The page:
Once we get our own horse it’s very easy to get complacent, and only ride our horse. We get to know them inside out and get comfortable with what we know.
I’m going to set you a challenge. Ride another horse. It could be a friend’s, a riding school horse, a prospective purchase, anything. If this thought terrifies you then book a lesson on said different horse. So long as you’re honest with your instructor they will set the pace of the lesson to suit you and how quickly you are adapting to this new horse.
Of course, we’re all going to be slightly anxious trying the unknown, it takes bravery to leave your comfort zone, but you don’t have to go round Badminton! The whole point of having a go on another horse is to educate yourself. It might be that your horse forgives your bad habits, or you don’t know what a proper leg yield feels like, or this horse has a more active stride which will make you ride your own horse so that they become more active. I always think that even if you hated every second of riding the unknown horse, you will learn something. Even if it is that you don’t like horses that are behind the leg, or you feel more comfortable on the narrow Thoroughbred frame.
Next time you can’t ride your horse, for whatever reason, see if you can borrow a horse. It will help you keep riding fit, probably help out your friend, and teach you something new.
Last week one of my young clients had a lame pony. So hesitantly, his Mum and I suggested that he had a lesson on his sister’s competition pony. To make it clear, we were asking him to go from a sweet, steady, honest, rotund native 13hh pony to a fine, sharp, strong, extravagant competition 13.2hh pony jumping 1.10m and competing at Advanced Medium.
Quite an ask really.
I’m not sure who was more nervous; his sister, his mum, himself or me. But he met me in the arena and we started off in walk, discussing the differences between his pony and today’s mount.
He actually described the differences very well so we moved onto the theory of trotting. I didn’t want to bore him, but it’s important to know how to stop before we set off! We talked about the fact this pony had a stronger bit and was more sensitive in the mouth than his, so he needed to make sure his hands were very still and to use them as little as possible. We talked about using circles to help slow down, and the fact that very little leg was needed. And they were off!
It took a couple of laps, but soon they were working together, and the pony looked quite relaxed. My rider was also calm, keeping his hands very still, and using his body more to direct the pony. I thought we were making a good start, so we kept trotting, changing the rein, so my rider could acclimatise to all these new feelings.
Once the trot was looking more established I introduced transitions between walk and trot. This was so that my rider felt confident that he could control this pony, and learnt the amount of aids he needed – it’s like going from a Fiesta to a Jaguar car! We had a couple of transitions that were a bit heavy handed. He would have gotten away with it on his pony, but having a stronger bit, more sensitive mouth and more dramatic pony, every error was exaggerated. The pony let us know when there was too much hand by throwing his head around, so we aimed to minimise this. We practised though and took away from the lesson the feeling of a carried, more independent hand.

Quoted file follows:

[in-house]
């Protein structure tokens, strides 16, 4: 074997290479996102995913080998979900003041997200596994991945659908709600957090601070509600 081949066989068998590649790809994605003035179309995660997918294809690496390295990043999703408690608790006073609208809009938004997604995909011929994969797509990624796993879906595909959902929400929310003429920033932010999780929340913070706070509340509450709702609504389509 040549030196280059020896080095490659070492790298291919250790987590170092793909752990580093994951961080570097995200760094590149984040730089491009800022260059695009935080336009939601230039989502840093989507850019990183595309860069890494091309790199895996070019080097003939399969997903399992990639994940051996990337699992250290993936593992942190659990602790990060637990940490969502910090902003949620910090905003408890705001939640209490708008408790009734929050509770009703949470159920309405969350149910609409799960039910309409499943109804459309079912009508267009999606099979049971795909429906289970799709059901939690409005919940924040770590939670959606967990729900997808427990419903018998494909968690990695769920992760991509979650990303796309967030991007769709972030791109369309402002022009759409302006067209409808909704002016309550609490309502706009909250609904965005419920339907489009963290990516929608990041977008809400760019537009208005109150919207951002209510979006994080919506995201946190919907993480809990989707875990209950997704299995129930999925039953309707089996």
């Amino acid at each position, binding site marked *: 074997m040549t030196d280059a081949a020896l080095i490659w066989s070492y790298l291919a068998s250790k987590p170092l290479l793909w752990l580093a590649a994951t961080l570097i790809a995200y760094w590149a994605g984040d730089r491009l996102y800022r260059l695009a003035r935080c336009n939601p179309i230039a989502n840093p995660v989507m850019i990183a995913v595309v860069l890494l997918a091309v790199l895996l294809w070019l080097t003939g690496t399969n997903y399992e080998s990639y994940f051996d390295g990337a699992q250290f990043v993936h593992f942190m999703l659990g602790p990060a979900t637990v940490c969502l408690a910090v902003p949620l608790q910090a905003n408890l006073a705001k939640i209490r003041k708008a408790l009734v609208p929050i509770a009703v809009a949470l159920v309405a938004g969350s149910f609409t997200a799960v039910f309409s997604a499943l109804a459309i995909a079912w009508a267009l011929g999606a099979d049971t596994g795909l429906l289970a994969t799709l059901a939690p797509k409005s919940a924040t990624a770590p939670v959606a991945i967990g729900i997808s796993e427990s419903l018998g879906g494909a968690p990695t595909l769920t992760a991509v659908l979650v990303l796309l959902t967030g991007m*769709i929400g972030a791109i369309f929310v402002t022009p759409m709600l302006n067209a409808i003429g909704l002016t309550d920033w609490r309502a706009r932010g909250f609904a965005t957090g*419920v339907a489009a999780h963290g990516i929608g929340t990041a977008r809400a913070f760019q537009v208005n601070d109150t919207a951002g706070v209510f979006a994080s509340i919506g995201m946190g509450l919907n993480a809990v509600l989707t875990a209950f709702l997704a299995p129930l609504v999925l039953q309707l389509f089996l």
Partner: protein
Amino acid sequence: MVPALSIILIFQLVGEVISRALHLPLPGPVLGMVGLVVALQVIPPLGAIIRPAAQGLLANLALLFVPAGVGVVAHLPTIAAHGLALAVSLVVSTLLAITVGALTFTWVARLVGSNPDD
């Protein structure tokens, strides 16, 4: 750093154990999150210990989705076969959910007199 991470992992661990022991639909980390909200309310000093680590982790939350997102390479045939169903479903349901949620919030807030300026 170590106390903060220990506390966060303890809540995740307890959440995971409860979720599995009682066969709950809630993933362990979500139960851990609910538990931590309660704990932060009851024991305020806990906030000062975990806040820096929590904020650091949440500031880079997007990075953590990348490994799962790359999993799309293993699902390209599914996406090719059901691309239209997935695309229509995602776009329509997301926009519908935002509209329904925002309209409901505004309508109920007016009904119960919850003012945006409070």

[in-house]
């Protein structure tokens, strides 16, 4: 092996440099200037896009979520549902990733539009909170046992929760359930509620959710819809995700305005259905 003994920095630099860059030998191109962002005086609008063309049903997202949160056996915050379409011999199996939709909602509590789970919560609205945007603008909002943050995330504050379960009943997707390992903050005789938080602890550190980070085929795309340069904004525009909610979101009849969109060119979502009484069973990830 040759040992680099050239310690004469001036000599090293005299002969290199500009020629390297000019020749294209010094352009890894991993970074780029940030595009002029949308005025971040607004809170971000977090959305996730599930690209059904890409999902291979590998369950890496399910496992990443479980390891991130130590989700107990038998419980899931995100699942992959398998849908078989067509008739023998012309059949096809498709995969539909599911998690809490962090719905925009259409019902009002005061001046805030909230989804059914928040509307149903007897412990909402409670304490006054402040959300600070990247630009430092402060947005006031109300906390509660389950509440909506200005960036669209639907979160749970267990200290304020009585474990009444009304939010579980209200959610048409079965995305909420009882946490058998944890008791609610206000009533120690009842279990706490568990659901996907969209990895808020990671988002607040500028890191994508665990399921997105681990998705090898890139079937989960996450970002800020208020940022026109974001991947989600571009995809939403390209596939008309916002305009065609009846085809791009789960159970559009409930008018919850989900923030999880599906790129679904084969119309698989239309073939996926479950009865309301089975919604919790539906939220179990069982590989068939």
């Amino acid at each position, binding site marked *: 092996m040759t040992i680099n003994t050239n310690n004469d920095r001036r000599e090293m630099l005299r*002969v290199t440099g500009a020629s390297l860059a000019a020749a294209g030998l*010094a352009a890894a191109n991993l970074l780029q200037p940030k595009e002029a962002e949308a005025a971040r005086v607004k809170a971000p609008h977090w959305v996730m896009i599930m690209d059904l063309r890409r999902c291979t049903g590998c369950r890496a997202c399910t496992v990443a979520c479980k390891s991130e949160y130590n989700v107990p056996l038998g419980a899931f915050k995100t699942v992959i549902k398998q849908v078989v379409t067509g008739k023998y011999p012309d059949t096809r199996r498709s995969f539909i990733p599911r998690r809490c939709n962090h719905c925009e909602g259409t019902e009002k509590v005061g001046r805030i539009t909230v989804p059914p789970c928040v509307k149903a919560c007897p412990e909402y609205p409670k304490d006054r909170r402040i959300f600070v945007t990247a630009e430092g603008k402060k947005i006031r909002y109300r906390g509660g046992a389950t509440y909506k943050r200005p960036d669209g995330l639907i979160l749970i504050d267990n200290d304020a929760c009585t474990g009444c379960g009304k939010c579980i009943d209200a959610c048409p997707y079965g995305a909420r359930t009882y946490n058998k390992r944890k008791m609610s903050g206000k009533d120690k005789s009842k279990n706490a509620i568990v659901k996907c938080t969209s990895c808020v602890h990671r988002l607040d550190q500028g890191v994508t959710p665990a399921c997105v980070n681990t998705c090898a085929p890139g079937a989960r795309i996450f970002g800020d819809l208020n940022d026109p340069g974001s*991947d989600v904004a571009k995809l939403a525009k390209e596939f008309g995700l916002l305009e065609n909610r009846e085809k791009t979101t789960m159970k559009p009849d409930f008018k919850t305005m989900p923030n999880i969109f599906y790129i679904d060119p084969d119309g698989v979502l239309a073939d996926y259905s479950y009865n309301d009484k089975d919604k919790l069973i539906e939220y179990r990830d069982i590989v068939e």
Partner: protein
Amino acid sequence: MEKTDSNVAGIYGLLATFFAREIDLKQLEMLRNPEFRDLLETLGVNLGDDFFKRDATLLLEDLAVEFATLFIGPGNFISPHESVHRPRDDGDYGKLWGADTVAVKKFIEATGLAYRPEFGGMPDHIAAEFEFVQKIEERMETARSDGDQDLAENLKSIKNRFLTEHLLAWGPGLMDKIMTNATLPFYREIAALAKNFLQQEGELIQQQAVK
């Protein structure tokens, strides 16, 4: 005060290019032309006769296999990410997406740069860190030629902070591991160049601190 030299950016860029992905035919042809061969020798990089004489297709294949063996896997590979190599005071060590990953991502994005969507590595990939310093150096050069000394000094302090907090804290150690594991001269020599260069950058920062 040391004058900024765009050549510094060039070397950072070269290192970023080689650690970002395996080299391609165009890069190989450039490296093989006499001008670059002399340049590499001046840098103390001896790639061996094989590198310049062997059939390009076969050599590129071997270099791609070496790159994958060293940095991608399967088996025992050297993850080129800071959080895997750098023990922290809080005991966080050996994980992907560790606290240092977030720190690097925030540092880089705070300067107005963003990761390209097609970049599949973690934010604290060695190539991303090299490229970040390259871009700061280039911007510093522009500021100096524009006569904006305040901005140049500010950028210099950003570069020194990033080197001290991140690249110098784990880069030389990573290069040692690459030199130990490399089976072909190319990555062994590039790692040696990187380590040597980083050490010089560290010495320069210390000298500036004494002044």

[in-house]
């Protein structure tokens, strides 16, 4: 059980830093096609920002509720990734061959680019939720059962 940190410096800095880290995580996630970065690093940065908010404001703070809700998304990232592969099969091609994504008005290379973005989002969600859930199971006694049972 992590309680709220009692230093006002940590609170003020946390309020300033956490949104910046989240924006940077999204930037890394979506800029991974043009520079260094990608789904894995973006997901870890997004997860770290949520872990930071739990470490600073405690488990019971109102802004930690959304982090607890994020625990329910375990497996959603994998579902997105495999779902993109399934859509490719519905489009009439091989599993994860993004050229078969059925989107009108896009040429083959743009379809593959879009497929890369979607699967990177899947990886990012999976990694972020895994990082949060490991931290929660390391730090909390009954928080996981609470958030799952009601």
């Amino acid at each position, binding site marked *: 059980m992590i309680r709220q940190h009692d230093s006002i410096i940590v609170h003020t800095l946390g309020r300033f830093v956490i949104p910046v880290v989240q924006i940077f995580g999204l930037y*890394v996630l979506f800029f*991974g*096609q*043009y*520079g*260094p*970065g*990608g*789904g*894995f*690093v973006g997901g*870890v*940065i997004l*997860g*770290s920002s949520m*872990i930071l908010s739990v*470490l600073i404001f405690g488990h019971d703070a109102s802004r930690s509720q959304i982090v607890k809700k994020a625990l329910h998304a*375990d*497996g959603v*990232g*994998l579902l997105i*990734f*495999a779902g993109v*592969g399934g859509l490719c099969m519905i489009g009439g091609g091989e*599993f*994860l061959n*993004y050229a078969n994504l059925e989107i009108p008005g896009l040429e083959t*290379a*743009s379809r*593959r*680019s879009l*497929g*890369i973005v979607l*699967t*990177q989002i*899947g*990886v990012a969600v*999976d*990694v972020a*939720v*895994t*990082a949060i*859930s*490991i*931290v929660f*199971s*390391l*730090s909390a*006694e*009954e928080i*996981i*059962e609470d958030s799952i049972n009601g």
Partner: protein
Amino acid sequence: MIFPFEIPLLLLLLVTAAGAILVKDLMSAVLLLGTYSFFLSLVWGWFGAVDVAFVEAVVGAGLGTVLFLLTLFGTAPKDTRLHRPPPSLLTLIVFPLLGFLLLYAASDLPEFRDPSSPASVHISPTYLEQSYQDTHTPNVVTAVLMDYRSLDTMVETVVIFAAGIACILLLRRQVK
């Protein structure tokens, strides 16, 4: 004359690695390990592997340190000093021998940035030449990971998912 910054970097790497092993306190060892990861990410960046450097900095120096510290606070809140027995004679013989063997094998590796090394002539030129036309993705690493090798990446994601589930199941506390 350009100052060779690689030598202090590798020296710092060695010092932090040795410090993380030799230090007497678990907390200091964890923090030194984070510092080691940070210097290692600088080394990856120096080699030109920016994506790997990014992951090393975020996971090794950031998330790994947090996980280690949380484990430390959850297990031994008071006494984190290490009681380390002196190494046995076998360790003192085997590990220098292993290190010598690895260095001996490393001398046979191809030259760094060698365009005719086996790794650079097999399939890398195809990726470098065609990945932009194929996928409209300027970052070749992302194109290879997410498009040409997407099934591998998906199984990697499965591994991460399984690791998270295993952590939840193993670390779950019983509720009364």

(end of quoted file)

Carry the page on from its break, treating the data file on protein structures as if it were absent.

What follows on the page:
The next step is, of course, canter. It’s the part of any lesson I dread with a whizzy pony, so peering between my fingers I directed my rider into canter on the corner preceding the short side. They did it! A nice steady canter, my rider trying to sit this bigger stride. Thankfully this boy is very chilled out, and level headed because when the pony tried to go faster, he listened to my instructions and didn’t panic. I think if he’d tensed up the pony would have become quite stressed and accelerated rapidly.
We did some trot canter transitions with the pair now looking much more together, and then I suggested trying a jump.
This was met with some apprehension, but again we talked through the theory of jumping. Keep in trot, keep your shoulders back, maintain the rein contact, expect a bigger jump than usual, give with your hands, sit up and quietly ask him to slow down after.
The cross pole was teeny tiny to begin with, and we worked over the one fence talking about the technical details – correcting my rider’s position and helping him adjust the pony before and after the fence. The final jump they did was an upright, of about 60cm, and my rider stayed totally in sync with the pony and managed to pull up after with very soft hands.
I was super pleased with my rider for managing to adapt so well to this completely different pony. Whilst he probably won’t ride the pony very often, it’s a really good opportunity for him to open his eyes to how other horses ride and to build his experience and confidence because unfortunately he will soon have to look for a bigger pony for himself. The pony handled a more novice rider very well too, and was an excellent testament to his young owner and the amount of training she has put into him. All in all, a really useful exercise for everyone involved, and now I challenge you guys at home to try riding another horse, outside your comfort zone – good luck!